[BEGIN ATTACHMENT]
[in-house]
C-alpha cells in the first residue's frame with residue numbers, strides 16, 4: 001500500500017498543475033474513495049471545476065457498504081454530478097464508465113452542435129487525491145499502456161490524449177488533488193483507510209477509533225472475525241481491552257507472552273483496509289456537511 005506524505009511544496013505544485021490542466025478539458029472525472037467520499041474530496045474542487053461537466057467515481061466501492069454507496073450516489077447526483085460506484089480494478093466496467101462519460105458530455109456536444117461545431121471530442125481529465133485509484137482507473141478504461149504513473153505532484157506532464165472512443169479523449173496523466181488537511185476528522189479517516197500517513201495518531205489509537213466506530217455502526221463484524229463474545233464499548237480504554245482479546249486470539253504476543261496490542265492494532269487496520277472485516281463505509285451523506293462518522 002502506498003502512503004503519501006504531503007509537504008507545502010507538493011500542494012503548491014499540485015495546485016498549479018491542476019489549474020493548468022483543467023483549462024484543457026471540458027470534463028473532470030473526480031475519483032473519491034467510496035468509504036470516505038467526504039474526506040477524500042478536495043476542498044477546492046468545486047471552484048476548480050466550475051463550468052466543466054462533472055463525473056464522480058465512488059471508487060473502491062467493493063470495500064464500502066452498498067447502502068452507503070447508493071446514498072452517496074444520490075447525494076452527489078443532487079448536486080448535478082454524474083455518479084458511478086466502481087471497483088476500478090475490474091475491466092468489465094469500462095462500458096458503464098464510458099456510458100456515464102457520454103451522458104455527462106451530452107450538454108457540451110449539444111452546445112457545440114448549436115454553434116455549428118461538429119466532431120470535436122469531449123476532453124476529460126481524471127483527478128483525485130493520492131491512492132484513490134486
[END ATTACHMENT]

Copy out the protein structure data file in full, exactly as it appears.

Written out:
[in-house]
C-alpha cells in the first residue's frame with residue numbers, strides 16, 4: 001500500500017498543475033474513495049471545476065457498504081454530478097464508465113452542435129487525491145499502456161490524449177488533488193483507510209477509533225472475525241481491552257507472552273483496509289456537511 005506524505009511544496013505544485021490542466025478539458029472525472037467520499041474530496045474542487053461537466057467515481061466501492069454507496073450516489077447526483085460506484089480494478093466496467101462519460105458530455109456536444117461545431121471530442125481529465133485509484137482507473141478504461149504513473153505532484157506532464165472512443169479523449173496523466181488537511185476528522189479517516197500517513201495518531205489509537213466506530217455502526221463484524229463474545233464499548237480504554245482479546249486470539253504476543261496490542265492494532269487496520277472485516281463505509285451523506293462518522 002502506498003502512503004503519501006504531503007509537504008507545502010507538493011500542494012503548491014499540485015495546485016498549479018491542476019489549474020493548468022483543467023483549462024484543457026471540458027470534463028473532470030473526480031475519483032473519491034467510496035468509504036470516505038467526504039474526506040477524500042478536495043476542498044477546492046468545486047471552484048476548480050466550475051463550468052466543466054462533472055463525473056464522480058465512488059471508487060473502491062467493493063470495500064464500502066452498498067447502502068452507503070447508493071446514498072452517496074444520490075447525494076452527489078443532487079448536486080448535478082454524474083455518479084458511478086466502481087471497483088476500478090475490474091475491466092468489465094469500462095462500458096458503464098464510458099456510458100456515464102457520454103451522458104455527462106451530452107450538454108457540451110449539444111452546445112457545440114448549436115454553434116455549428118461538429119466532431120470535436122469531449123476532453124476529460126481524471127483527478128483525485130493520492131491512492132484513490134486